I think it's a little bit of both. Of course, you don't have to take my word for it; you can get a second opinion (rim shot).

And so movie lovers, please always remember, and never forget, bad doctors and bad movies can both make you sick, but only bad movies about bad doctors aren't fatal.

Thank you! Goodnight! I'll be here all week!

Sunday, March 26, 2023

Junk Cinema Serves Up Another Heapin' Helpin' Of Southern Fried Cinema, New Orleans Style!


The remarkably restrained publicity poster for "Suddenly, Last Summer" (1958). 

Welcome, movie lovers. How y'all doin'?

Was last year's summer vacation a dud? Was your hotel a dump? Did it rain everyday? Did your kids bitch and fight? Did you get sick, have car trouble or run out of money?

However awful last summer might've been for you, trust me, Catherine Holly's (Elizabeth Taylor) summer was much, much worse.

What was so awful, you ask?

How about watching someone get devoured by a street gang.

"Are we having fun yet?": If your last vacation was bad, Catherine Holly's (Liz Taylor) was even worse. Much, much worse.

Released in 1959, "Suddenly, Last Summer" is a deep, dark dive into the fetid swamp waters of Southern Fried Cinema, courtesy of Tennessee Williams. 

Although Tennessee is one of  America's greatest playwrights, not everything he wrote rose to the level of A Streetcar Named Desire or The Glass Menagerie. Once in a while, Tennessee went a wee bit over the top and the end result was less Southern Gothic poetry and more like "The Bold and the Beautiful" with southern accents on acid.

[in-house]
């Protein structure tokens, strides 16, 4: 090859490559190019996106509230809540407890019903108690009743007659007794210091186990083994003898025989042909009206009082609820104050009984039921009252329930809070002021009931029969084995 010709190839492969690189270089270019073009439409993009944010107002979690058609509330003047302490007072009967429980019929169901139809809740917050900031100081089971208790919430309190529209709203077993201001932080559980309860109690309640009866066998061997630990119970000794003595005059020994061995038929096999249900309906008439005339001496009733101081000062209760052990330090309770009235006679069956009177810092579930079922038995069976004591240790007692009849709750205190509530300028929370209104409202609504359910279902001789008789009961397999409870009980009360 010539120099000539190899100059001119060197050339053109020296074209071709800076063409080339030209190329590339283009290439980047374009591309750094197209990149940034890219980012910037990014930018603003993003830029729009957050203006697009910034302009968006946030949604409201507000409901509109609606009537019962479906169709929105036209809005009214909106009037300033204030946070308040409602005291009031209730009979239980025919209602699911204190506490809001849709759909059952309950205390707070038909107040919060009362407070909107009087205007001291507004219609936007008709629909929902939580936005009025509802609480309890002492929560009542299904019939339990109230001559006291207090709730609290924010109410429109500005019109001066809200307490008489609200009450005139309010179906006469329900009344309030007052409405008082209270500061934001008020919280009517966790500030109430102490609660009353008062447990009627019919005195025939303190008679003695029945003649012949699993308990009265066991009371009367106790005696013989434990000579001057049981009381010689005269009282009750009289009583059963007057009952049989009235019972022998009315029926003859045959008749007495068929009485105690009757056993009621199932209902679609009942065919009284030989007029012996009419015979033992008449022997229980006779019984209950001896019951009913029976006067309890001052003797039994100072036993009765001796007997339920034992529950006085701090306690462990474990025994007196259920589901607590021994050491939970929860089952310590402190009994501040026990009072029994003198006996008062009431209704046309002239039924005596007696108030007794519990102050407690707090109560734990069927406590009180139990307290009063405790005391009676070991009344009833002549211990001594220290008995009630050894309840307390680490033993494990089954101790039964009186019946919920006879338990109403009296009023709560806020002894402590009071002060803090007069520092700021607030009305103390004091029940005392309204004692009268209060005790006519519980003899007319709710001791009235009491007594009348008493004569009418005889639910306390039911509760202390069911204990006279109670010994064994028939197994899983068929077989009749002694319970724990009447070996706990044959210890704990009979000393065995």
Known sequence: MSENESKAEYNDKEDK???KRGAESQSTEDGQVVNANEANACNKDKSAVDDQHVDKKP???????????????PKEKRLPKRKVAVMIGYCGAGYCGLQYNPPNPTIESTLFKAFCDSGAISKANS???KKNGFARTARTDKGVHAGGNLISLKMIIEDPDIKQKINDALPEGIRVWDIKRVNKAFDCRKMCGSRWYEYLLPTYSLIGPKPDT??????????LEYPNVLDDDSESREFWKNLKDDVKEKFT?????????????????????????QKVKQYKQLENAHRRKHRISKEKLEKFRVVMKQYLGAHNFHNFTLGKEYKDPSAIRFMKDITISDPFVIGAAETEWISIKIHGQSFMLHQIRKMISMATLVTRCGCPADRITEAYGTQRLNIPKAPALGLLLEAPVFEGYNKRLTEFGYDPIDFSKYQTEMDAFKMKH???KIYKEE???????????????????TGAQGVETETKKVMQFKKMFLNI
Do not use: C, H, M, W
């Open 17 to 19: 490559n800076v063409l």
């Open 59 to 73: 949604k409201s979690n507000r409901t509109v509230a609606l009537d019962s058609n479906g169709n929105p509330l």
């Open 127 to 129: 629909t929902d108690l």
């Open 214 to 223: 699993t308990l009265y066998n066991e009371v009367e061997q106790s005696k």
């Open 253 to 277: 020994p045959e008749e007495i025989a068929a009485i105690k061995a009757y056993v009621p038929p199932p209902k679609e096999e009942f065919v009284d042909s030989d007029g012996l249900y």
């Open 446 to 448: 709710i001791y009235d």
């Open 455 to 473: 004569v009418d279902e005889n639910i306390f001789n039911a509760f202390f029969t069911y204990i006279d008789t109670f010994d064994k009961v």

Based on Williams' one-act play, "Suddenly, Last Summer" uses the mysterious death of a man named Sebastian to explore the nature of madness, obsession, incest, guilt, repression, sexual abuse, rich dowagers, greedy relatives, aging, death, violence, transparent bathing suits, sea turtles, treatment of the mentally ill, flesh eating birds, lobotomies and cannibalism. 

Something for everyone!

Despite its ambitious subject matter and Tennessee's signature prose, "Suddenly, Last Summer" is the cinematic equivalent of an over-stuffed Muffuletta sandwich*. While the script (by Gore Vidal) gives its all-star cast plenty to chew on, it also gives them plenty to choke on.

The deep fried theatrics begin by introducing us to Violet Venable (Katherine Hepburn), the richest woman in New Orleans, circa 1938. She's summoned mild mannered Dr. Cukrowicz (Montgomery Clift), a pioneering neurosurgeon, to her home to discuss the welfare of her niece, Catherine (Taylor). As befitting a mega rich grande dame, Violet's residence is no new-money McMansion. Instead, it features antique furnishings, an elevator and an elaborate garden that resembles the Amazon Rain Forest. That's where Mrs. Venable keeps her pet Venus Flytrap (nicknamed "My Lady"), who snacks on flies delivered via air mail.